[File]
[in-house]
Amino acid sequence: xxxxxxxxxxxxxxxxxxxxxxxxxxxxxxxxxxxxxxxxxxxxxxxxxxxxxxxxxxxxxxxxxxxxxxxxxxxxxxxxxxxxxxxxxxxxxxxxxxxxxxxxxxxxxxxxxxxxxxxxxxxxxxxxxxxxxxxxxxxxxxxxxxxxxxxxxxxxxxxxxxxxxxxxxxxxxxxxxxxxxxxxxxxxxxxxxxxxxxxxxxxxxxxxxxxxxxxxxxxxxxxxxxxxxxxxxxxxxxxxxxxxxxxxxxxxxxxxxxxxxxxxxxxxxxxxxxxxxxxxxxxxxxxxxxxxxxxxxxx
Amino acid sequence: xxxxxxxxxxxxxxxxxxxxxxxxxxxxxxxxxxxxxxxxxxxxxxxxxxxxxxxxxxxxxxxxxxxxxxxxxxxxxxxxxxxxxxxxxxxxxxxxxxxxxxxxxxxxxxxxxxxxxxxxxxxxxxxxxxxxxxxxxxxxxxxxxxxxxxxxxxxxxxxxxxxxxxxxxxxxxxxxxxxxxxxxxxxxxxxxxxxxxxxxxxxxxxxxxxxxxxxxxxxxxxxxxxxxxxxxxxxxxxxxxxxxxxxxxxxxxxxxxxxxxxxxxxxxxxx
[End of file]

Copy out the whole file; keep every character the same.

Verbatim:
[in-house]
Amino acid sequence: xxxxxxxxxxxxxxxxxxxxxxxxxxxxxxxxxxxxxxxxxxxxxxxxxxxxxxxxxxxxxxxxxxxxxxxxxxxxxxxxxxxxxxxxxxxxxxxxxxxxxxxxxxxxxxxxxxxxxxxxxxxxxxxxxxxxxxxxxxxxxxxxxxxxxxxxxxxxxxxxxxxxxxxxxxxxxxxxxxxxxxxxxxxxxxxxxxxxxxxxxxxxxxxxxxxxxxxxxxxxxxxxxxxxxxxxxxxxxxxxxxxxxxxxxxxxxxxxxxxxxxxxxxxxxxxxxxxxxxxxxxxxxxxxxxxxxxxxxxx
Amino acid sequence: xxxxxxxxxxxxxxxxxxxxxxxxxxxxxxxxxxxxxxxxxxxxxxxxxxxxxxxxxxxxxxxxxxxxxxxxxxxxxxxxxxxxxxxxxxxxxxxxxxxxxxxxxxxxxxxxxxxxxxxxxxxxxxxxxxxxxxxxxxxxxxxxxxxxxxxxxxxxxxxxxxxxxxxxxxxxxxxxxxxxxxxxxxxxxxxxxxxxxxxxxxxxxxxxxxxxxxxxxxxxxxxxxxxxxxxxxxxxxxxxxxxxxxxxxxxxxxxxxxxxxxxxxxxxxxx